• Establish Access Zones – As in network segmentation, organizations can establish so-called Access Zones. These are a collection of attributes and security policies that define the identities, access rights, and privileges shared by a group of users. For example, an organization can define an Access Zone for their outsourced IT contractor that defines the specific resources they need to access for their work and blocks access to any other infrastructure resources.

• Grant Access to Specific Resources, Not the Network – Unlike a VPN that gives users visibility into the entire network, privileged access management solutions can be used to limit access to assets on a per-resource basis. These proxy-based technologies give an organization’s privileged internal IT admins access to as much of infrastructure as necessary, while limiting access by an outsourced team or remote workers to only the servers and network hardware their role requires. In combination with Access Zones, this security practice significantly reduces the risk of lateral attacks.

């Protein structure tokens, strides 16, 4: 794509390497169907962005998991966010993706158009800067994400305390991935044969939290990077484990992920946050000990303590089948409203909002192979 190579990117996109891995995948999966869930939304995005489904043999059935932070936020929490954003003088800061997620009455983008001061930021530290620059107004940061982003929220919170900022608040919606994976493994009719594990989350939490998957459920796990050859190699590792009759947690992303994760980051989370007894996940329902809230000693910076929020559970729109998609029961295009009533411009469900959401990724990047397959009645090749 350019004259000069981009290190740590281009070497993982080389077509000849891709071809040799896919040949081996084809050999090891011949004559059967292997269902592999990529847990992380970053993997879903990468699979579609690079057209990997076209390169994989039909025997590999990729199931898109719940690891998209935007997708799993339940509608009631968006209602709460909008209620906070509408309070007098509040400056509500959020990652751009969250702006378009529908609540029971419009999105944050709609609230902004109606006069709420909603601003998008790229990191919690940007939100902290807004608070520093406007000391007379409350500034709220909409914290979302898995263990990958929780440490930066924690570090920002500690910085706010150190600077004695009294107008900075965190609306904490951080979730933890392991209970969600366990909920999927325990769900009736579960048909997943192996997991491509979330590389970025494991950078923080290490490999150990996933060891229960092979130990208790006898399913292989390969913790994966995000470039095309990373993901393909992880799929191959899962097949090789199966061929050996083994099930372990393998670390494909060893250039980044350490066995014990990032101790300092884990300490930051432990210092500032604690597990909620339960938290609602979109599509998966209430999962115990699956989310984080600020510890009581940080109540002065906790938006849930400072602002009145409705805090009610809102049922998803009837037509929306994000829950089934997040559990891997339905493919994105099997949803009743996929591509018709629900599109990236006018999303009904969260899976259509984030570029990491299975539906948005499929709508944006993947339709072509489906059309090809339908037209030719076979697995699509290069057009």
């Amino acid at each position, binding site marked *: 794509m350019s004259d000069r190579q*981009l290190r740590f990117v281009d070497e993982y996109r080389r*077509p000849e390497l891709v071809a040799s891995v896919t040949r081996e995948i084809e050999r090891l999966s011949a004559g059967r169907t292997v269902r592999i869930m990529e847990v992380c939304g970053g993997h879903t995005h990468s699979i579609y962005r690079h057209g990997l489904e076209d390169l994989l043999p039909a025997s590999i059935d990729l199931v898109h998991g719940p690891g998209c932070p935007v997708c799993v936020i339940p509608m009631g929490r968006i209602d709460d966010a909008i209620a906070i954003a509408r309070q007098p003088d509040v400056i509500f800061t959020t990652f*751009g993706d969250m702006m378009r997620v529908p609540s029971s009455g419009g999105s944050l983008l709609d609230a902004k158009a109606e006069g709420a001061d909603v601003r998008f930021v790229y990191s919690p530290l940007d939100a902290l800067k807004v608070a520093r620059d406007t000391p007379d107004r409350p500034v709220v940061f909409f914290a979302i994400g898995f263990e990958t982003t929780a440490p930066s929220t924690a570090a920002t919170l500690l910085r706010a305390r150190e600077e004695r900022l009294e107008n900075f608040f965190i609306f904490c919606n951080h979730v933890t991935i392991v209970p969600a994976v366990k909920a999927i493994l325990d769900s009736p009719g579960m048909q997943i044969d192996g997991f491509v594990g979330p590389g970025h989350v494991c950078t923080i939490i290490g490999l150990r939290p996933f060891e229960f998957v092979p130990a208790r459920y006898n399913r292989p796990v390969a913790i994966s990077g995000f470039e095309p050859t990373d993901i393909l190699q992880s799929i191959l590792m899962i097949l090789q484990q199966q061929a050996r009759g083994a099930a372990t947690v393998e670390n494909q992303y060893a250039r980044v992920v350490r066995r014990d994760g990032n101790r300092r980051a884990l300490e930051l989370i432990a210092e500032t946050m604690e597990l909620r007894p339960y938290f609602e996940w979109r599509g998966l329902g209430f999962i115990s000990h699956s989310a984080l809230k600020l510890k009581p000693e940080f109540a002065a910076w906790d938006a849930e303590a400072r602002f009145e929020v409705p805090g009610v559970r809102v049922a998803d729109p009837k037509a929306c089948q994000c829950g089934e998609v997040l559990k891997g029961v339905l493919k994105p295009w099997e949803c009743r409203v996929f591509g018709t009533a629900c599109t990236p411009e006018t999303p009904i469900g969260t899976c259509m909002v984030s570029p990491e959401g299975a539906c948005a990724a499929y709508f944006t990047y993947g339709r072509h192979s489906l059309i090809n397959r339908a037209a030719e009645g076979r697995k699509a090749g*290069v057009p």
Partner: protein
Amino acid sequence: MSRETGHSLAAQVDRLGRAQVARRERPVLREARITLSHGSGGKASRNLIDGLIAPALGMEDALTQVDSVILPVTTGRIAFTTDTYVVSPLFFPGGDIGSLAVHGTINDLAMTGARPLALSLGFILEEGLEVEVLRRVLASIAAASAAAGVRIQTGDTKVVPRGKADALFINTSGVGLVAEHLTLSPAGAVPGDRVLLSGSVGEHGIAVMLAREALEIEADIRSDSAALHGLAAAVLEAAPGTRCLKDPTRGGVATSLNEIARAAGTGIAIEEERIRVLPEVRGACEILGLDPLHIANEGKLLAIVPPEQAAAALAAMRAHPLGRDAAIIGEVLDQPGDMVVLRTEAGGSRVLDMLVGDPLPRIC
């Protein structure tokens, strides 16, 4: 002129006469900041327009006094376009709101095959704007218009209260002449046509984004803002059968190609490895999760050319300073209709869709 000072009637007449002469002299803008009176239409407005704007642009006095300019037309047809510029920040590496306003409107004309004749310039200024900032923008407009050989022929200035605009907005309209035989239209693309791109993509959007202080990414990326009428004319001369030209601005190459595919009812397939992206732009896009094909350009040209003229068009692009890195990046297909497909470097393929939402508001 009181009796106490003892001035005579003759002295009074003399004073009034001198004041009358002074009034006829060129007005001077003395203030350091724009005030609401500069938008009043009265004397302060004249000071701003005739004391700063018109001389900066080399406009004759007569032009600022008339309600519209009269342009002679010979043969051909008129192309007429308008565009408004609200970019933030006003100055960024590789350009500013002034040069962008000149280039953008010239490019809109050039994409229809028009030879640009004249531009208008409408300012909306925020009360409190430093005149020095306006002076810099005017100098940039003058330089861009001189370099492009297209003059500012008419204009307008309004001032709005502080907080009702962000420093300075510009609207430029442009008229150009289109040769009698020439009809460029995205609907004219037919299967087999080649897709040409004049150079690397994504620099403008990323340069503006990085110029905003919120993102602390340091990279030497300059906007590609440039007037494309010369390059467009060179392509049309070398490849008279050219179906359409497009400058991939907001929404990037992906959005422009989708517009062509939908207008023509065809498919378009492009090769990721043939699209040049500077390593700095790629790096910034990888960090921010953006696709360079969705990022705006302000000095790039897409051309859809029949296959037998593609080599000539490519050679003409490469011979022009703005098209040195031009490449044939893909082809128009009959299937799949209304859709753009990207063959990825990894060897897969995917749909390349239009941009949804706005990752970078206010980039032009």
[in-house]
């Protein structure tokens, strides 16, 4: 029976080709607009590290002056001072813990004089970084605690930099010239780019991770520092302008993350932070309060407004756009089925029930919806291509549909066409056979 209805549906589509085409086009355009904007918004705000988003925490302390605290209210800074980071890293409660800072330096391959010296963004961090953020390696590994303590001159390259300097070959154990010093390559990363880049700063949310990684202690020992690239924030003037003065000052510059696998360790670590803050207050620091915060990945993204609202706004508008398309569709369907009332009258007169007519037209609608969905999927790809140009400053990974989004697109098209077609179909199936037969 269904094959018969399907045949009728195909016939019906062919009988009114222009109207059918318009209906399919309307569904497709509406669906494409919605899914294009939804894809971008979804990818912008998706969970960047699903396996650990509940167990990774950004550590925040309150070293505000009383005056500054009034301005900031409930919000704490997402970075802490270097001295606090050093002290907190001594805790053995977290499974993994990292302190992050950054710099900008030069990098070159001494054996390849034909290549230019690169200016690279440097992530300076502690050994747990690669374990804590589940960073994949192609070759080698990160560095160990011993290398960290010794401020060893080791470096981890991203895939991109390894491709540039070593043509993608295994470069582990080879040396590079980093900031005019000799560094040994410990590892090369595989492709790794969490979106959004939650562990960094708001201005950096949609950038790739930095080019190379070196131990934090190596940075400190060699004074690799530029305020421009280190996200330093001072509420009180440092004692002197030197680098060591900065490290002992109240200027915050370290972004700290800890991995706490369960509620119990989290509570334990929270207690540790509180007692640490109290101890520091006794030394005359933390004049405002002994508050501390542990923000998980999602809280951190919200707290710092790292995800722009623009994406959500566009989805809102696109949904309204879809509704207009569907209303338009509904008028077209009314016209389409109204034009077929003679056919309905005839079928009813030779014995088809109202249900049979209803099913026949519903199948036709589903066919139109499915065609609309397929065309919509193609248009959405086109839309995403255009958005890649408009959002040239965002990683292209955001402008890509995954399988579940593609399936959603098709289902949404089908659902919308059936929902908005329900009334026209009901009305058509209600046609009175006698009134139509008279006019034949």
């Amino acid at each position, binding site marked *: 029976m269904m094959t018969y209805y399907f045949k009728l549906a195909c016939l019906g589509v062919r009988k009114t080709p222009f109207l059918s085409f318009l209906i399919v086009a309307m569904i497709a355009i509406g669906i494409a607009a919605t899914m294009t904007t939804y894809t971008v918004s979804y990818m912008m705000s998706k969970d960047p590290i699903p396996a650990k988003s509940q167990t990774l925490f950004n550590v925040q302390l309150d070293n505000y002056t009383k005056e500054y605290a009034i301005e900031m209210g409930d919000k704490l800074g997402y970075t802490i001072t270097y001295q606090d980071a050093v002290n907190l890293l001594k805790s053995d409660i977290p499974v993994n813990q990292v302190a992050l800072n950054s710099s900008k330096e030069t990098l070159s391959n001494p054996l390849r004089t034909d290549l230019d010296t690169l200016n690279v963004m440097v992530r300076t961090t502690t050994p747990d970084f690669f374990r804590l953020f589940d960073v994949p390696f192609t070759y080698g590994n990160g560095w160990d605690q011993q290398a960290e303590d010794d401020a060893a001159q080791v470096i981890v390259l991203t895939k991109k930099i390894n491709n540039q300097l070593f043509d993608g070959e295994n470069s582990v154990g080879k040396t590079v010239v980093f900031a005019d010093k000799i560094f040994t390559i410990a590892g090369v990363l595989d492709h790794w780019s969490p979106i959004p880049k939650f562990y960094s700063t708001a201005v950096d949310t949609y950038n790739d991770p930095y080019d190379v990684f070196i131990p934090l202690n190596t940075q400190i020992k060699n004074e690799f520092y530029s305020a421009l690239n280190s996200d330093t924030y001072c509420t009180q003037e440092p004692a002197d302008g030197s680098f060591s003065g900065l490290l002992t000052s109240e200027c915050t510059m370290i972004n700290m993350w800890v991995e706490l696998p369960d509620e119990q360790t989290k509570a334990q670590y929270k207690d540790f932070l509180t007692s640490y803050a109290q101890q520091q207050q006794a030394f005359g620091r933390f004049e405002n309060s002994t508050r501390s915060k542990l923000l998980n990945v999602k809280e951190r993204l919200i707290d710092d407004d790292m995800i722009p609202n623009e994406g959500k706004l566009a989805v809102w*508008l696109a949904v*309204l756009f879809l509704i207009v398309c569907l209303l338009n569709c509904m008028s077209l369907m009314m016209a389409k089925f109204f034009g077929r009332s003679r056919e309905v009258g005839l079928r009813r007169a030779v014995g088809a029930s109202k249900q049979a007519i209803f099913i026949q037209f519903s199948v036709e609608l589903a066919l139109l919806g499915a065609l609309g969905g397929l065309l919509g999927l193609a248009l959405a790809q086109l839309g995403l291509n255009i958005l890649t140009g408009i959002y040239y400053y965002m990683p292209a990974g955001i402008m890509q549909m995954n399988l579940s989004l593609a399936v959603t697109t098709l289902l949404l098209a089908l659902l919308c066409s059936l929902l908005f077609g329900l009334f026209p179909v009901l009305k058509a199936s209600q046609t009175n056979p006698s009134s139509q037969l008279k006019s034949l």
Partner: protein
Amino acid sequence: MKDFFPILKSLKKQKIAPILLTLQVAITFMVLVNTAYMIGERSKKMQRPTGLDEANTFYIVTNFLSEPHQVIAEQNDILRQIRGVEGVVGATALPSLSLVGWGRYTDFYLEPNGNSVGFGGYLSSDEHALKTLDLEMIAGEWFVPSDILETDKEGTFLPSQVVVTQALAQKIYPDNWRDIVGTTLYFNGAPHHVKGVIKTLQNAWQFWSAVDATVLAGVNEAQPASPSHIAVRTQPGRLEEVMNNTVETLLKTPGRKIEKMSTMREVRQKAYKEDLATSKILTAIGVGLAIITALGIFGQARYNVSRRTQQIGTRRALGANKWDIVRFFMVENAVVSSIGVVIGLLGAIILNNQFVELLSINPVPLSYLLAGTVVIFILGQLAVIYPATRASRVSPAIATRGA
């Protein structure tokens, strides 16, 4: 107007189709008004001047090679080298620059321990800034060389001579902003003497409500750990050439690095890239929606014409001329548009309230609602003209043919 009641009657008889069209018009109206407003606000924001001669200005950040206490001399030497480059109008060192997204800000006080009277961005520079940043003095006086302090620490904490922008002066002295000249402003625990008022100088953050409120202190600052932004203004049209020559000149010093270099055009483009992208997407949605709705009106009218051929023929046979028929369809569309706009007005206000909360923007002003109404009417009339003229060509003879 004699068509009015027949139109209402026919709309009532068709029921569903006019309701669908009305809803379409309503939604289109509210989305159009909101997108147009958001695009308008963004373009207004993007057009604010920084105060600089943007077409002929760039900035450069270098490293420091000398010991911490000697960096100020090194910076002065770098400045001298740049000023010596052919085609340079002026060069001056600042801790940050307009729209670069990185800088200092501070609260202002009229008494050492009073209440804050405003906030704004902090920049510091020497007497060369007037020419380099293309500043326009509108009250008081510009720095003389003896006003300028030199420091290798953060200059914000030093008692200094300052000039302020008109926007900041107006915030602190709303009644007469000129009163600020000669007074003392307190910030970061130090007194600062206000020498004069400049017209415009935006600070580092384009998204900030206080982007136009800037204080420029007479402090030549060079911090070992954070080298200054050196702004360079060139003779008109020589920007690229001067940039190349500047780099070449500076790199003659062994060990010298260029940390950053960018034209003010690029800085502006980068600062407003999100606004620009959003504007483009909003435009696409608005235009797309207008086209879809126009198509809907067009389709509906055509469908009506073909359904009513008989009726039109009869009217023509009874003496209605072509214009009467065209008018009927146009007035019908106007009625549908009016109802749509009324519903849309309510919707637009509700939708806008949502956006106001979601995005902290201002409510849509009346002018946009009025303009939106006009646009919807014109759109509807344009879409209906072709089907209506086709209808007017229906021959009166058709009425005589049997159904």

• Grant Least Privilege – Considering the high percentage of privileged access misuse, it is essential to limit access and privilege using a Zero Trust Security approach. This entails establishing granular, role-based access controls via Access Zones to limit lateral movement, as well just enough, and just-in-time privilege to applications and infrastructure. For example, if an outsourced IT provider is contracted to maintain an Oracle database, their access can be limited to this single resource. For advanced security, controls can be placed on the range of commands they are allowed to perform. Should additional privileges be required, these can be requested via a workflow ticket. The approval of the ticket would grant immediate, but temporary privilege to run additional commands on the database.